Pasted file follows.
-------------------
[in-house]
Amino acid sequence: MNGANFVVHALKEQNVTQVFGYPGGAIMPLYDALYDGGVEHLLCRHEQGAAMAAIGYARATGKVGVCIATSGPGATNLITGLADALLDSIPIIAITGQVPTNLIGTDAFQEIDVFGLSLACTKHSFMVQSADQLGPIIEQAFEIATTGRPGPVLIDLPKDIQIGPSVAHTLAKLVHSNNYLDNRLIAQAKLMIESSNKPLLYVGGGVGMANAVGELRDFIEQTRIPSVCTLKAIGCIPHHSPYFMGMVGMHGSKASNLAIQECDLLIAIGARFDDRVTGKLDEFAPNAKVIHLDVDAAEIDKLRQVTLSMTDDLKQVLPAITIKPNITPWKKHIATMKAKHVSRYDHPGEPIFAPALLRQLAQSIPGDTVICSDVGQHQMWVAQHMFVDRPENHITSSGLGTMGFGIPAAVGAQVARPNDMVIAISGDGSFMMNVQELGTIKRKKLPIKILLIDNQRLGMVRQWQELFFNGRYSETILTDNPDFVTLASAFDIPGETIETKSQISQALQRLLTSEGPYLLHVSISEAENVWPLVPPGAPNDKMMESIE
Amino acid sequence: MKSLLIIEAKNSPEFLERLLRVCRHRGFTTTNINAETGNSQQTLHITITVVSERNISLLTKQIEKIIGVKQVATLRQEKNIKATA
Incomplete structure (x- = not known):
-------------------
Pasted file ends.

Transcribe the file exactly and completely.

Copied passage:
[in-house]
Amino acid sequence: MNGANFVVHALKEQNVTQVFGYPGGAIMPLYDALYDGGVEHLLCRHEQGAAMAAIGYARATGKVGVCIATSGPGATNLITGLADALLDSIPIIAITGQVPTNLIGTDAFQEIDVFGLSLACTKHSFMVQSADQLGPIIEQAFEIATTGRPGPVLIDLPKDIQIGPSVAHTLAKLVHSNNYLDNRLIAQAKLMIESSNKPLLYVGGGVGMANAVGELRDFIEQTRIPSVCTLKAIGCIPHHSPYFMGMVGMHGSKASNLAIQECDLLIAIGARFDDRVTGKLDEFAPNAKVIHLDVDAAEIDKLRQVTLSMTDDLKQVLPAITIKPNITPWKKHIATMKAKHVSRYDHPGEPIFAPALLRQLAQSIPGDTVICSDVGQHQMWVAQHMFVDRPENHITSSGLGTMGFGIPAAVGAQVARPNDMVIAISGDGSFMMNVQELGTIKRKKLPIKILLIDNQRLGMVRQWQELFFNGRYSETILTDNPDFVTLASAFDIPGETIETKSQISQALQRLLTSEGPYLLHVSISEAENVWPLVPPGAPNDKMMESIE
Amino acid sequence: MKSLLIIEAKNSPEFLERLLRVCRHRGFTTTNINAETGNSQQTLHITITVVSERNISLLTKQIEKIIGVKQVATLRQEKNIKATA
Incomplete structure (x- = not known):